• 40,000-year-old footprint of first Americans

    07/05/2005 3:38:09 AM PDT · by Renfield · 41 replies · 1,512+ views
    The Telegraph (U.K.) ^ | 5-07-2005 | Roger Highfield
    A plastic replica of a 40,000-year-old, size eight foot has shattered previous theories of the identity of the first humans to walk in the Americas. Scientists made the foot from tracks left on the shore of an ancient volcanic lake in central Mexico. The traditional view is that the first settlers walked across the Bering Strait, from Russia to Alaska, at the end of the last ice age around 11,500 to 11,000 years ago. But the discovery of footprints in the Valsequillo Basin by a British-led team provides new evidence that humans settled in the Americas as early as 40,000...
  • Footsteps in time that add 30,000 years to history of America

    07/04/2005 9:59:36 PM PDT · by freedom44 · 58 replies · 1,589+ views
    Times Online UK ^ | 7/4/05 | Lewis Smith
    THE discovery of human footprints, preserved by volcanic ash, have put back the likely date that the American continent was colonised by Man by almost 30,000 years, British scientists say. The prints, found by the scientists at the edge of a lake in Mexico, are thought to be about 40,000 years old. Their discovery upsets the widely accepted theory that Man first reached America across a land bridge, now covered by the Bering Sea, 11,500 years ago. Casts of the footprints reveal that a community of Homo sapiens lived in the Valsequillo Basin, near Puebla in central Mexico. Their feet...
  • JOURNEY OF MANKIND (The Peopling Of The World)

    04/25/2005 5:11:40 PM PDT · by blam · 41 replies · 1,838+ views
    The Bradshaw Foundation ^ | Unknown | Stephen Oppenheimer
    This is the result of a DNA study done by Professor Stephen Oppenheimer and funded by The Bradshaw Foundation. As you go on the journey, here are some things I would like you to make note of and I would appreciate your comments:1. 135-115,000 years ago, notice that the first human excursion out of Africa failed/Died out.2. 74,000 years ago Toba exploded and reduced the worldwide human population to 2-10,000. Note the (about) 10,000 year absence of humans in India, Pakistan and parts of SE Asia. Also, there are two populations of 'out of Africa' humans that are seperated from...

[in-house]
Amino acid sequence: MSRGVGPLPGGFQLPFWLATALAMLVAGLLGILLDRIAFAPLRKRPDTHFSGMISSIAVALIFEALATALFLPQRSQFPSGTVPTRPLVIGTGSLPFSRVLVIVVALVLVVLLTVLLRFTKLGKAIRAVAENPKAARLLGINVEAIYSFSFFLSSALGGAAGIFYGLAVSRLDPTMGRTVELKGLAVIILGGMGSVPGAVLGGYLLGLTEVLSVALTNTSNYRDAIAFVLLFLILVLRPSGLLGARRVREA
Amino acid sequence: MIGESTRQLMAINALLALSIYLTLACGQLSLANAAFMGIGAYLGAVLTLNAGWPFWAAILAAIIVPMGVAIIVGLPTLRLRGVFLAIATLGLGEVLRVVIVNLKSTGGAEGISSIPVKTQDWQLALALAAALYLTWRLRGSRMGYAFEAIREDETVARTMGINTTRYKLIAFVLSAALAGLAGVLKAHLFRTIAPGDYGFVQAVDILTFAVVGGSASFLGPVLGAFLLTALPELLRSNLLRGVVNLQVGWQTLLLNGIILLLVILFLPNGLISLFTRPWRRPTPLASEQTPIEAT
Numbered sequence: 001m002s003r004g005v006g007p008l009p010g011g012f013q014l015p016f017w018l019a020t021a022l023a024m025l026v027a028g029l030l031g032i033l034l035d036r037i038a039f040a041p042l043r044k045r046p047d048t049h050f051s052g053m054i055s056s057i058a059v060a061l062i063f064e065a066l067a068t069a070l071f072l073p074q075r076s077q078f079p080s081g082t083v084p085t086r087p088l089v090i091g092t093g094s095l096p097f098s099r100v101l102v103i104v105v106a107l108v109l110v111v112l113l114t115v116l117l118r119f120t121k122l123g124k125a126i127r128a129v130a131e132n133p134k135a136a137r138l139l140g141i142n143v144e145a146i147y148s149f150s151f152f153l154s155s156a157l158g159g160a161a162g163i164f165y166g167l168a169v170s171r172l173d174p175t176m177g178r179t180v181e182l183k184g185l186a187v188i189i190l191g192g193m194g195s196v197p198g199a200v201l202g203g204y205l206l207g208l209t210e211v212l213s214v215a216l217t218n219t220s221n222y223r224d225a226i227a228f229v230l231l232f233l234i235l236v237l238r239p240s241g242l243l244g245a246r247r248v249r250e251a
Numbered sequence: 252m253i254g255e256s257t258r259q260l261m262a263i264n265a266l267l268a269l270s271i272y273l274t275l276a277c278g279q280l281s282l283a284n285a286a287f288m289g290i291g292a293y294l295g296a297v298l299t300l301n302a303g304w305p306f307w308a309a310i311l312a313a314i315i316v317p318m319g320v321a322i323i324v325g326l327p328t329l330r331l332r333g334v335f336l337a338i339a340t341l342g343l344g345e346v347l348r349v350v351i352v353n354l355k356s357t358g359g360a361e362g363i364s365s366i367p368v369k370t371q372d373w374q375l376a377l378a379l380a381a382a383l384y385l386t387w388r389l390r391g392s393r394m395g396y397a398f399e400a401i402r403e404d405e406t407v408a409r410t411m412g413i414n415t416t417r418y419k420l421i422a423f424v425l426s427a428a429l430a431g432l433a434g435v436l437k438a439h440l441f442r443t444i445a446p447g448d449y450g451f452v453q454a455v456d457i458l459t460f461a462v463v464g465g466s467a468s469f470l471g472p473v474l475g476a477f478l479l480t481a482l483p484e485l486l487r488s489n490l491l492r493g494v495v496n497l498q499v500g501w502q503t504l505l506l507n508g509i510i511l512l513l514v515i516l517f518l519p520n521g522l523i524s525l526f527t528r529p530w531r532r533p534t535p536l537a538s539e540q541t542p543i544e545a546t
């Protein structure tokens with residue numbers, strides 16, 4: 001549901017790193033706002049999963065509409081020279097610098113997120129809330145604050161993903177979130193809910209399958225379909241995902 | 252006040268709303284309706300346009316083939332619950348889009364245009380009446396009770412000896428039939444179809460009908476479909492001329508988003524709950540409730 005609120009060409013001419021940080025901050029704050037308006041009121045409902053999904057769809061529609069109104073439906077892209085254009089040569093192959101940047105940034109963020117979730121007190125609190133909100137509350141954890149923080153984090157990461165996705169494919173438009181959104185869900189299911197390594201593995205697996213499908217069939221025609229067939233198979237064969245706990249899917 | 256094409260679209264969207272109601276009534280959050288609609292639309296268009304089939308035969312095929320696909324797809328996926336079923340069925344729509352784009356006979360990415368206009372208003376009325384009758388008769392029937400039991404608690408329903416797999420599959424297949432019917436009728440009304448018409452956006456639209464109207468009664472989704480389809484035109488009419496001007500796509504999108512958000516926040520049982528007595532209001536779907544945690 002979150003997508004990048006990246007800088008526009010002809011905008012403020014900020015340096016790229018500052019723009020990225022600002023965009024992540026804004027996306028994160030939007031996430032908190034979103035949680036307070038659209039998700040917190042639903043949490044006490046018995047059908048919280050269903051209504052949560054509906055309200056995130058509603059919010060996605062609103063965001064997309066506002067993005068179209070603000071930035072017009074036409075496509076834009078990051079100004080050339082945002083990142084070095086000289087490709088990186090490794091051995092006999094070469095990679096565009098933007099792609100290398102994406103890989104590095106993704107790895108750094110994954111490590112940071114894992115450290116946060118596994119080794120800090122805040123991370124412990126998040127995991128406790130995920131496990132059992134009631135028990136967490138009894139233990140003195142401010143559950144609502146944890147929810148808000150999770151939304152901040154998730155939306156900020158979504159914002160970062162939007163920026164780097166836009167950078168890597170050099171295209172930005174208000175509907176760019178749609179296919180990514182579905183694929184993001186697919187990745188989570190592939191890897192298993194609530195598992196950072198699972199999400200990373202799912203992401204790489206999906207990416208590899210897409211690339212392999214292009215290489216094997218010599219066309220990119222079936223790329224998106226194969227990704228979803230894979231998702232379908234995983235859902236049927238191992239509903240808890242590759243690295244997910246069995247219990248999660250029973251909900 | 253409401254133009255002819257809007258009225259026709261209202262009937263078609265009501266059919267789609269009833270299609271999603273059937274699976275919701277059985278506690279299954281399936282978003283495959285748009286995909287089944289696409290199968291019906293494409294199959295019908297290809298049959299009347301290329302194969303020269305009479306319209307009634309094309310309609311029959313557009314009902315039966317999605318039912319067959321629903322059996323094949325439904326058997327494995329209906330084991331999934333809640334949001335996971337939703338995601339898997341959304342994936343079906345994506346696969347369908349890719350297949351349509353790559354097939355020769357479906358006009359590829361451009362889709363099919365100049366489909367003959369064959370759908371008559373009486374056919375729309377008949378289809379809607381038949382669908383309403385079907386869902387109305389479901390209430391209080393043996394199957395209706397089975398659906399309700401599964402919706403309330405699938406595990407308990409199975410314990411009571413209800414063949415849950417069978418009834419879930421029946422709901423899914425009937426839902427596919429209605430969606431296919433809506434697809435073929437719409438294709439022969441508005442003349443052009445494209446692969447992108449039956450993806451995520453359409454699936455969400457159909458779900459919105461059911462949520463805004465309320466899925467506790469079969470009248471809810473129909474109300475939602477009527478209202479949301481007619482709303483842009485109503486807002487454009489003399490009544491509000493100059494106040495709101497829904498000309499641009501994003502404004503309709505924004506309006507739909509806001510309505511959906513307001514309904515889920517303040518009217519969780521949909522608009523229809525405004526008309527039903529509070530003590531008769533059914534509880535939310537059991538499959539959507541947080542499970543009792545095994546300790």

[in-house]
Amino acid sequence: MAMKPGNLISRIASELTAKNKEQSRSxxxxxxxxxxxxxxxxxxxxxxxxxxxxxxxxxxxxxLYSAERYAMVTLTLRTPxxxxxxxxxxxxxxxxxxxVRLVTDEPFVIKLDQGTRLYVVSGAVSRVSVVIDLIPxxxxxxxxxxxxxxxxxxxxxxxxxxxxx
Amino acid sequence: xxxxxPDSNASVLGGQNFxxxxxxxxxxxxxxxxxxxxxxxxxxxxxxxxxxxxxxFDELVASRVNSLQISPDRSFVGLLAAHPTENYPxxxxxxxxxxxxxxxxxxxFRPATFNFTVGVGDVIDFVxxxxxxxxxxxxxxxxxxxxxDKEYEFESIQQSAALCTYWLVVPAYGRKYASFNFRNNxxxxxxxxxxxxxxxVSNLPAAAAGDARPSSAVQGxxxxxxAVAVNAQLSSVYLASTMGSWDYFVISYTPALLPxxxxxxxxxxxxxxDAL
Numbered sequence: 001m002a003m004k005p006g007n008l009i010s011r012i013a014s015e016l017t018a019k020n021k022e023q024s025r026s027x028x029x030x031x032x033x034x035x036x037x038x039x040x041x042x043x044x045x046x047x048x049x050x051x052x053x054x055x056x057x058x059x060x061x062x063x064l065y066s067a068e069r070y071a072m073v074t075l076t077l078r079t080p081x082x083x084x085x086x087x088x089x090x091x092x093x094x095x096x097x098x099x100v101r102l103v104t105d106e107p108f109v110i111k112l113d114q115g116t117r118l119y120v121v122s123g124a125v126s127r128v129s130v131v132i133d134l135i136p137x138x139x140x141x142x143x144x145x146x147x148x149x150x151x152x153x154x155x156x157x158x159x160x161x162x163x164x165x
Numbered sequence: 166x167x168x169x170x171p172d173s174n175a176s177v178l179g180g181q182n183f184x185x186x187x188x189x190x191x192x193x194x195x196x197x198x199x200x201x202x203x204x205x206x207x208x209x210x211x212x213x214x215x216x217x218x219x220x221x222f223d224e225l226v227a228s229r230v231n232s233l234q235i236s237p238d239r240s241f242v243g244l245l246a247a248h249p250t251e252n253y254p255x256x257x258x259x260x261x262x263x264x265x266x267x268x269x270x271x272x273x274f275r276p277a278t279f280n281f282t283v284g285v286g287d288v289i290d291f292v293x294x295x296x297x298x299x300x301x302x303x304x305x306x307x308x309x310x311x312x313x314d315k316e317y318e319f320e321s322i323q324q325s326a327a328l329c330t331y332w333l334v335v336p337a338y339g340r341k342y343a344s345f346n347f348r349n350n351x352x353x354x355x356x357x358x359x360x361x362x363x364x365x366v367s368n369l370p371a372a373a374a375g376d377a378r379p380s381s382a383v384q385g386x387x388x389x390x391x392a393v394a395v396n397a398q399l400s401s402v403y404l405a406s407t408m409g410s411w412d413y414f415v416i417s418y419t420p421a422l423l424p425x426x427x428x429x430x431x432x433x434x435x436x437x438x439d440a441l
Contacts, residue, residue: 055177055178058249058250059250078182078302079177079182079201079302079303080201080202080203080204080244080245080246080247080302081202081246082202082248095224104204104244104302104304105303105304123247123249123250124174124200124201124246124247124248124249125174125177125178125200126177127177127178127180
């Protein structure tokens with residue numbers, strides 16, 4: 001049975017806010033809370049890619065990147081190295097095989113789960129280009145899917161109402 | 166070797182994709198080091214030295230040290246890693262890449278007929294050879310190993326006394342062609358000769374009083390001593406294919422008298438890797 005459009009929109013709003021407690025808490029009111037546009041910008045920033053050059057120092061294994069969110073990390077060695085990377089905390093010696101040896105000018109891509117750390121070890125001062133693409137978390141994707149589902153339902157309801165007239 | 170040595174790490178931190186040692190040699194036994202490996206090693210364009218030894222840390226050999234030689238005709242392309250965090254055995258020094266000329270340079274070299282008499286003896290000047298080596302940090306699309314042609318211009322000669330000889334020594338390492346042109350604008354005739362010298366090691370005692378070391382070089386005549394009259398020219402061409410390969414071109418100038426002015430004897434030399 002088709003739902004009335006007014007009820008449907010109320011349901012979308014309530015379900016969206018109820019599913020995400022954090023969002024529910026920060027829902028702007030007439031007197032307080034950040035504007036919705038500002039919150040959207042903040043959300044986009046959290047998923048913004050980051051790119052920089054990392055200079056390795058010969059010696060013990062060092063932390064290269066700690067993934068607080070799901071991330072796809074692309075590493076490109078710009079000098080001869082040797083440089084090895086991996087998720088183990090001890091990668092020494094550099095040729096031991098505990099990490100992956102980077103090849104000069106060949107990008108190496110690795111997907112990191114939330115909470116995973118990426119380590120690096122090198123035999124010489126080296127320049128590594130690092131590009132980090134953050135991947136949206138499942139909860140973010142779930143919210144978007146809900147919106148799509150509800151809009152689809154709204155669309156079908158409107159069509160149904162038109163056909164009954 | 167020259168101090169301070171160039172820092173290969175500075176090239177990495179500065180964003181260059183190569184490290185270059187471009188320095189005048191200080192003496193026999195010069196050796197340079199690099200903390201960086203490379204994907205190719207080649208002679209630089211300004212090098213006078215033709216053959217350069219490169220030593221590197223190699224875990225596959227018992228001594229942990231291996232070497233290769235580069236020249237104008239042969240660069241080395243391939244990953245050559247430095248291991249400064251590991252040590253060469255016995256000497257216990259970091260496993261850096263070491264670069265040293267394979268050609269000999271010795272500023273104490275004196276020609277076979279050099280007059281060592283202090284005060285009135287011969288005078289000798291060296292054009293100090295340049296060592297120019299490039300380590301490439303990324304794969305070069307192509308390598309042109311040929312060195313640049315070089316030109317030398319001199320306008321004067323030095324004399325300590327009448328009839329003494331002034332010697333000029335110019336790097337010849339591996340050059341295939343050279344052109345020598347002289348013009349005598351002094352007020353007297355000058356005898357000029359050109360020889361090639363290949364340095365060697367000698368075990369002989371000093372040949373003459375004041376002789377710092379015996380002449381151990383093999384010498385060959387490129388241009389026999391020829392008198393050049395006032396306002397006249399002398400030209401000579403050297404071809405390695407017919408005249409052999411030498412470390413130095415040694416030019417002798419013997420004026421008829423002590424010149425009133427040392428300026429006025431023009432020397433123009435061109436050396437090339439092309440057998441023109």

• (South Carolina) Fire Pit Dated To Over 50,000 Years Old (More)

    11/19/2004 8:07:26 AM PST · by blam · 63 replies · 3,788+ views
    AP ^ | 11-18-2004 | Amy Geier Edgar
    Fire Pit Dated to Be Over 50,000 Years Old Thu Nov 18,10:10 AM ET Top Stories - AP By AMY GEIER EDGAR, Associated Press Writer COLUMBIA, S.C. - In the growing debate about when people first appeared on this continent, a leading archaeologist said Wednesday he has discovered what could be sooty evidence of human occupation in North America tens of thousands of years earlier than is commonly believed.University of South Carolina archaeologist Al Goodyear said he has uncovered a layer of charcoal from a possible hearth or fire pit at a site near the Savannah River. Samples from the...
  • Archeologist finds evidence of humans in North America 50,000 years ago

    11/17/2004 10:04:06 PM PST · by SunkenCiv · 53 replies · 3,117+ views
    Canoe (Canada) ^ | November 17, 2004 | AP
    University of South Carolina archeologist Al Goodyear said he has uncovered a layer of charcoal from a possible hearth or fire pit at a site near the Savannah River. Samples from the layer have been laboratory-dated to more than 50,000 years old. Yet Goodyear stopped short of declaring it proof of the continent's earliest human occupation. "It does look like a hearth," he said, "and the material that was dated has been burned." ...Goodyear, who has worked the Topper site since 1981, discovered the charcoal layer in May.